The performance of the processors has been excellent as they have gone up against the best of Intel and AMD and have often won. Apple’s proprietary processor has proven to be very successful in terms of power efficiency, battery life and raw performance.

The processors are a visible step up from previous Intel-based Macs, and more importantly, the M1 Max and M1 Pro improve on the base M1 in every possible way.

We tested the M1 Pro processor ourselves, and then reviewed the M1 Max to compare it to the Pro. The multi-core score in Cinebench R23 was one of the best notebook scores in our database at the time.

It was second only to the Asus ROG Strix G15, which is a full-fledged gaming laptop. MacBook Pros are thin, light, and not exactly geared toward gaming, but they’re the hardest gaming out of all of Apple’s current devices.

Compared to the M1, both the Pro and Max reach new heights in benchmarks, doubling every metric offered by the M1. The M1 Max also stands out in terms of GPU performance thanks to its powerful 32-core count.

The M1 Max processor can also be found in a stripped-down version with 24 GPU cores, priced $200 less, which obviously lowers performance.

A close-up of Apple's M1 Ultra processor, created using the Ultrafusion technology found in M1 Max processors.

In our tests of the M1 Max, the processor was put to the test in video editing and gaming. It beat the M1 Pro by 16 percent on the overall score, meaning it also managed to outperform every other laptop we’ve tested.

It also stayed in the realm of gaming, but most people don’t buy Apple products strictly to play games. Naturally, Apple tries to make improvements with each new iteration of its processor, but the M1 Ultra could be the biggest upgrade to date.

We don’t have performance tests yet, and we’ll update this information when they come out, but considering it brings a gross hardware upgrade that delivers twice the power of the M1 Max, there’s likely to be a substantial performance boost.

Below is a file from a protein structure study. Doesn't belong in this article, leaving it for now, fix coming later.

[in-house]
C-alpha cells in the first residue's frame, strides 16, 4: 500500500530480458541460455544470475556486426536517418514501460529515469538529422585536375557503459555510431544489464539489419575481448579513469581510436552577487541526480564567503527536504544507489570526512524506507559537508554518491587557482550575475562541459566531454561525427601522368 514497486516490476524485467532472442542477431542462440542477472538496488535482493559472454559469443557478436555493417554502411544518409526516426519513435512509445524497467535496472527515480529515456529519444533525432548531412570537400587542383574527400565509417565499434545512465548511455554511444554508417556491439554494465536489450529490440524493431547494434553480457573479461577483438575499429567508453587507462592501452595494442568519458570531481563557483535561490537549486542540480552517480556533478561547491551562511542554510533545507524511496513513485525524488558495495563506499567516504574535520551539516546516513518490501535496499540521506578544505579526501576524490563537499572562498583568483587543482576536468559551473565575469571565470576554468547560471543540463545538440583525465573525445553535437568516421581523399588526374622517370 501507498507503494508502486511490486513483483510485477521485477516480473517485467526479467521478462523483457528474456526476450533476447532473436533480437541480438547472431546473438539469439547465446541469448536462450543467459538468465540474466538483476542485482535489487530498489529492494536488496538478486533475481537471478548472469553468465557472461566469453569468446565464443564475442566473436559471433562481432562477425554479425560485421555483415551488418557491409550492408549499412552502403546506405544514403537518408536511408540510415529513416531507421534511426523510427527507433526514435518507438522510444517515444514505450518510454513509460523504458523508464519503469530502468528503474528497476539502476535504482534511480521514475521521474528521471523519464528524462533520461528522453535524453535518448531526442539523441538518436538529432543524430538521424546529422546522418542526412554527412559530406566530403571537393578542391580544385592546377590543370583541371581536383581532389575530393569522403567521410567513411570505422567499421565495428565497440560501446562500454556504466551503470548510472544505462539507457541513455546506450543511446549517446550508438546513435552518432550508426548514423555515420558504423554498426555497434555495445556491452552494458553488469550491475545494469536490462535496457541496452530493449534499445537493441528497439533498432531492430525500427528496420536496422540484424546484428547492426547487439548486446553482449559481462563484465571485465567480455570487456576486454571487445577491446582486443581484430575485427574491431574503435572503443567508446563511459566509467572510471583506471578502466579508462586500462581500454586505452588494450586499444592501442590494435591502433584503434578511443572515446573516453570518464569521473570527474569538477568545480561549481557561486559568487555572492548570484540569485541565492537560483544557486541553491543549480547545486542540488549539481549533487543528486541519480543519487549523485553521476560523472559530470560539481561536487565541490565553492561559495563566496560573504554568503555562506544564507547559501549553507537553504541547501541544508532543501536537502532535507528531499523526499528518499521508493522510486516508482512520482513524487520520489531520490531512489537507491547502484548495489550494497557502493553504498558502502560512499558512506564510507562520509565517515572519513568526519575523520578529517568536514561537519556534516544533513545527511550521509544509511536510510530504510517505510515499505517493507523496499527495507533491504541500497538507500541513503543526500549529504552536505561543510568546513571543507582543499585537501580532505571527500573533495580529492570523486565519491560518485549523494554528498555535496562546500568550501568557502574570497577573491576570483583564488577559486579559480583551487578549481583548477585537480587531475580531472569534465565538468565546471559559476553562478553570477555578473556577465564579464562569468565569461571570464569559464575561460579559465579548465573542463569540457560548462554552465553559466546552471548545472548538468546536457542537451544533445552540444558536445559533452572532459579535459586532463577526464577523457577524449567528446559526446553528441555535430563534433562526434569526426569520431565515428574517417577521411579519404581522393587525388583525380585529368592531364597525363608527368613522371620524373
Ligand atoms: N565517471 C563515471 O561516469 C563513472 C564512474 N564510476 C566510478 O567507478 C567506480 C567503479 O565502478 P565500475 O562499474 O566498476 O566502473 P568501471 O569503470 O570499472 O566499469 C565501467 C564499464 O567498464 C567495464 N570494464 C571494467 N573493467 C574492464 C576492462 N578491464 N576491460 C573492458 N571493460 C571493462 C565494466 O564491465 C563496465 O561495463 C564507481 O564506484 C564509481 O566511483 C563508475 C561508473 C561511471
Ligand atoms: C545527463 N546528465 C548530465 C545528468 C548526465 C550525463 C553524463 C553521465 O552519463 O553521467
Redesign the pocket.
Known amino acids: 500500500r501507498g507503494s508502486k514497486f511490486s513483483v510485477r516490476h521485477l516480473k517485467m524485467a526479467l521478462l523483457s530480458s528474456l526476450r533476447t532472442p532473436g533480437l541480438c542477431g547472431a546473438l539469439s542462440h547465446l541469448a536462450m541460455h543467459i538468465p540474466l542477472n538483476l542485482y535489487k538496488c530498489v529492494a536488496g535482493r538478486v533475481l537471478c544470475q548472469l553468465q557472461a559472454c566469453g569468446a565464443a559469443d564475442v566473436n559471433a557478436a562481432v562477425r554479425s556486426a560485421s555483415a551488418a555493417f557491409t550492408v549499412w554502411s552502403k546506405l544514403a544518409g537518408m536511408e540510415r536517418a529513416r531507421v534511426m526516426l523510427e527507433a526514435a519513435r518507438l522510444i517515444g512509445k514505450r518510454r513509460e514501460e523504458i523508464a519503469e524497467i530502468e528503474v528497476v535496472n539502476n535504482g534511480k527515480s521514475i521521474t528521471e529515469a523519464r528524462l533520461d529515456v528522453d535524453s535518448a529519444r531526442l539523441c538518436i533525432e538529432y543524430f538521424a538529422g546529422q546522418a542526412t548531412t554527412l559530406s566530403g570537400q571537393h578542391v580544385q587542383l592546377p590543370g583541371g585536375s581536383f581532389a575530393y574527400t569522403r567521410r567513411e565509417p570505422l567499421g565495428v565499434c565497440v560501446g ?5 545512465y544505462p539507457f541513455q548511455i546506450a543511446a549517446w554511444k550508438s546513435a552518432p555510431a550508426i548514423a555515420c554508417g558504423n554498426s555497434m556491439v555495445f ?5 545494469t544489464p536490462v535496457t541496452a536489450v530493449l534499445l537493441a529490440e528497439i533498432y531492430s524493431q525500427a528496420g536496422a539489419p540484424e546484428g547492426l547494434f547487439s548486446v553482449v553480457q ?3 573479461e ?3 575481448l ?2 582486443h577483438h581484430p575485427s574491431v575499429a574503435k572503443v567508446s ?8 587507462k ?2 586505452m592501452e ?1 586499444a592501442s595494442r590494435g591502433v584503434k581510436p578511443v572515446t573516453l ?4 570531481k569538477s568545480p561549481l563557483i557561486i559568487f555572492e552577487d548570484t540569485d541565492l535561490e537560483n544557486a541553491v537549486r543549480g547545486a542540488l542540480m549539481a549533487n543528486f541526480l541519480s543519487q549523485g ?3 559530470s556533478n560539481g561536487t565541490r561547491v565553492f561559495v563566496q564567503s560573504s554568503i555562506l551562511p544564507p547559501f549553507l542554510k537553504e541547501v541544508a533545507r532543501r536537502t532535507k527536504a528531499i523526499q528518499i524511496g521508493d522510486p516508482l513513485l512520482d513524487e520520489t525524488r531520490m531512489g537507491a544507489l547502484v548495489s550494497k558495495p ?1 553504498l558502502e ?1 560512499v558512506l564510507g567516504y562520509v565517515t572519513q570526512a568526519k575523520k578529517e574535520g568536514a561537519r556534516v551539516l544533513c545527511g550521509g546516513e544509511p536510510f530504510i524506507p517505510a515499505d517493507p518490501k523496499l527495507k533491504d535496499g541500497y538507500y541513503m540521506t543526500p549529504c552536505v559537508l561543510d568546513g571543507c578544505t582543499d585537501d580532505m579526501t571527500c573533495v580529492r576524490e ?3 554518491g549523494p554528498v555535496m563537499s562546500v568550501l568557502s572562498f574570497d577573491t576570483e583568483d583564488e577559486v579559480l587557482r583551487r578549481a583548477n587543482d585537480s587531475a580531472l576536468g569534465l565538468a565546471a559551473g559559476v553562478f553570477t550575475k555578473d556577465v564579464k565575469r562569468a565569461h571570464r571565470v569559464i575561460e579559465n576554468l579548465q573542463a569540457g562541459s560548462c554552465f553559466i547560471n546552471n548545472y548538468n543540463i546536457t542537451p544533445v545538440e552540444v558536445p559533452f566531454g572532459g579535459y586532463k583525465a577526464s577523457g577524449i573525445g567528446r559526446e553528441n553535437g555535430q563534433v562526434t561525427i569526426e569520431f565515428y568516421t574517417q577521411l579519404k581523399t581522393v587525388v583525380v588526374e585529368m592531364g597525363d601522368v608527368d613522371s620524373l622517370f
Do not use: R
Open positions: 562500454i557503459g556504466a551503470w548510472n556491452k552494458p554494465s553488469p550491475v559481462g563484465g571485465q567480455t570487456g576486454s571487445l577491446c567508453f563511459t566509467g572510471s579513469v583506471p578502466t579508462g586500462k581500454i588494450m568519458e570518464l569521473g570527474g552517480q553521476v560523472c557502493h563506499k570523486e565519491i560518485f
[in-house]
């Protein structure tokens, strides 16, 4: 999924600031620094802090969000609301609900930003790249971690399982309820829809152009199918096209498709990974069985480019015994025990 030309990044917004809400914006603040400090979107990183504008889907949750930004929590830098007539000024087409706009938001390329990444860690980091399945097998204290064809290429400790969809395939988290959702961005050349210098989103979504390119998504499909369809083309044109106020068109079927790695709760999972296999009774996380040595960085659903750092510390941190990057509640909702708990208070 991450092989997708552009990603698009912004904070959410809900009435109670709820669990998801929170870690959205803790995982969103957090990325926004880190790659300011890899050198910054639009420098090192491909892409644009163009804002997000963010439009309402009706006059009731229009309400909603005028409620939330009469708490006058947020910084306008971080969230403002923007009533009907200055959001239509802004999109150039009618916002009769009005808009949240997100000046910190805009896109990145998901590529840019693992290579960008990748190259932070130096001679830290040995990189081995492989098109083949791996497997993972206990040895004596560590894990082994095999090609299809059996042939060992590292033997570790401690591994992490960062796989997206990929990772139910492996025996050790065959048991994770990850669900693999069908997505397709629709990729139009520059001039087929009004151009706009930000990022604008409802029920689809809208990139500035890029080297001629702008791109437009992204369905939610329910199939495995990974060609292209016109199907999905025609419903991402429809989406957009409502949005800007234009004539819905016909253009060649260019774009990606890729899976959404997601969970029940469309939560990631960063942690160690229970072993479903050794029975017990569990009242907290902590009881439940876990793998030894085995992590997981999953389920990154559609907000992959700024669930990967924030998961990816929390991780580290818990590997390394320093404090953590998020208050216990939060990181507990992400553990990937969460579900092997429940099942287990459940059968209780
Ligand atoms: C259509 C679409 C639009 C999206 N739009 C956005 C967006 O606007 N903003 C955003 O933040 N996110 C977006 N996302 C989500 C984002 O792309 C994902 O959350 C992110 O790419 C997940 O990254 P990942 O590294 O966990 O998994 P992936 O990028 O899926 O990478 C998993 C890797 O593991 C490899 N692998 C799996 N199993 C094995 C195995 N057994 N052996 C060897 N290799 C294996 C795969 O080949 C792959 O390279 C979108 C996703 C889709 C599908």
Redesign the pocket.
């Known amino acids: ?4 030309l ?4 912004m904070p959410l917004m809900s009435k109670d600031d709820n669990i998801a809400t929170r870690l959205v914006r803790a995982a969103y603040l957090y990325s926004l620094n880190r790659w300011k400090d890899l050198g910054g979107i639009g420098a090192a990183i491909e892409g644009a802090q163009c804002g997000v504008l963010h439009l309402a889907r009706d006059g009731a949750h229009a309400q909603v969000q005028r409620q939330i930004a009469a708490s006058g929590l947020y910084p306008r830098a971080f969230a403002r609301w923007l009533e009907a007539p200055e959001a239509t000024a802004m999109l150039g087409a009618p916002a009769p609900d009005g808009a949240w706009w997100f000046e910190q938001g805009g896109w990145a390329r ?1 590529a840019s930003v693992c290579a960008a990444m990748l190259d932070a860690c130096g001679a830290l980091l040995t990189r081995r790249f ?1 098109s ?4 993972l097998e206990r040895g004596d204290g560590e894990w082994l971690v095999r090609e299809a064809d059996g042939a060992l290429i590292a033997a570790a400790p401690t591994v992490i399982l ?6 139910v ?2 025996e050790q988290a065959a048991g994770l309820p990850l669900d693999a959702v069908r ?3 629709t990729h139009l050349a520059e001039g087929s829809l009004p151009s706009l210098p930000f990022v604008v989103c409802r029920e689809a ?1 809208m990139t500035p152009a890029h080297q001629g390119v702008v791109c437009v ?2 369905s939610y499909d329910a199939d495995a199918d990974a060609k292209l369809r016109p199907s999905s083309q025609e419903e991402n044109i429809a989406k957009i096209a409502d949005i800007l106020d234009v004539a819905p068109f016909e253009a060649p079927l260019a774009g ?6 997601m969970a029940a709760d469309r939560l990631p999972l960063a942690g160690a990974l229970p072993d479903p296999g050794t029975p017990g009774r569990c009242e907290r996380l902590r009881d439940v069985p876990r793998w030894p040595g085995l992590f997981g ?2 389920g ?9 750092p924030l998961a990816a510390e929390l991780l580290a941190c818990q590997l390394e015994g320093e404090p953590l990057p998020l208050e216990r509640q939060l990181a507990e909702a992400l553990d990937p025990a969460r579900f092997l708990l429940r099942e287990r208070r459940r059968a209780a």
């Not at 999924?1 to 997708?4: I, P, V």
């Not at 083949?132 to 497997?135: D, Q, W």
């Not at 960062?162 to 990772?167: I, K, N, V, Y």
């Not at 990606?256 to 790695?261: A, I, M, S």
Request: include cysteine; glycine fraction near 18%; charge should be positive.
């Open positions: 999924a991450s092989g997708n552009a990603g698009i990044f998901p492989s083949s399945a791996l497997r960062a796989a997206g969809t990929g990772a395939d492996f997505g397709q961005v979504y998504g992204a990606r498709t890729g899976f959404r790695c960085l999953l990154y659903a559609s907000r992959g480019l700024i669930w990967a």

The Mac Studio, which is where Apple is debuting the M1 Ultra, is going to be up to 90 percent faster than an Intel Xeon-based Mac Pro, and almost four times faster than an iMac.

Apple also promises big improvements in graphics, as the M1 Ultra will supposedly be able to match the performance of the “most powerful discrete GPU” with only a third of its power consumption.

We will have to wait to see which are the best graphics cards that are going to be surpassed by the M1 Ultra processor once the first benchmark results come out.

ports

The M1 Max and M1 Pro processors offer up to four Thunderbolt ports on the MacBook Pro. This is the same number of external displays and is a big step up from the base version of the M1 processor. This M1 Max-based notebook also includes an HDMI port, an SD card slot, a MagSafe 3 port, and support for DisplayPort technology.

Not surprisingly, the M1 Ultra also offers improvements in this department. Apple has announced that the upcoming Mac Studio will have six Thunderbolt 4 ports, two USB Type-A connectors, an SD card reader, an HDMI port, and a 10-Gigabit Ethernet connection. However, it does not appear to have MagSafe.

There is no doubt about the winner

One person works at a workstation equipped with the new Mac Studio and Studio Display.

Yes, it’s true that the actual performance of the staggeringly powerful M1 Ultra processor will only be judged once the Mac Studio is put through a thorough benchmark. However, it’s hard not to declare a winner here and now.

The M1 Pro is an improvement over the M1, and the M1 Max beats it in every possible way. With UltraFusion, which combines two M1 Max processors in the M1 Ultra, Apple’s new processor is likely to reach new heights in benchmarks and deliver new levels of performance.

However, that doesn’t necessarily mean that everyone is going to want the $3,999 Mac Studio right away. Apple’s latest device is going to be a product for professionals, and not everyone will need to use the full power of the M1 Ultra processor.

In those cases, it’s recommended to stick with the M1 Max processor, either in the MacBook Pro or the cheaper Mac Studio. Still, in terms of sheer power, the M1 Ultra is a clear winner.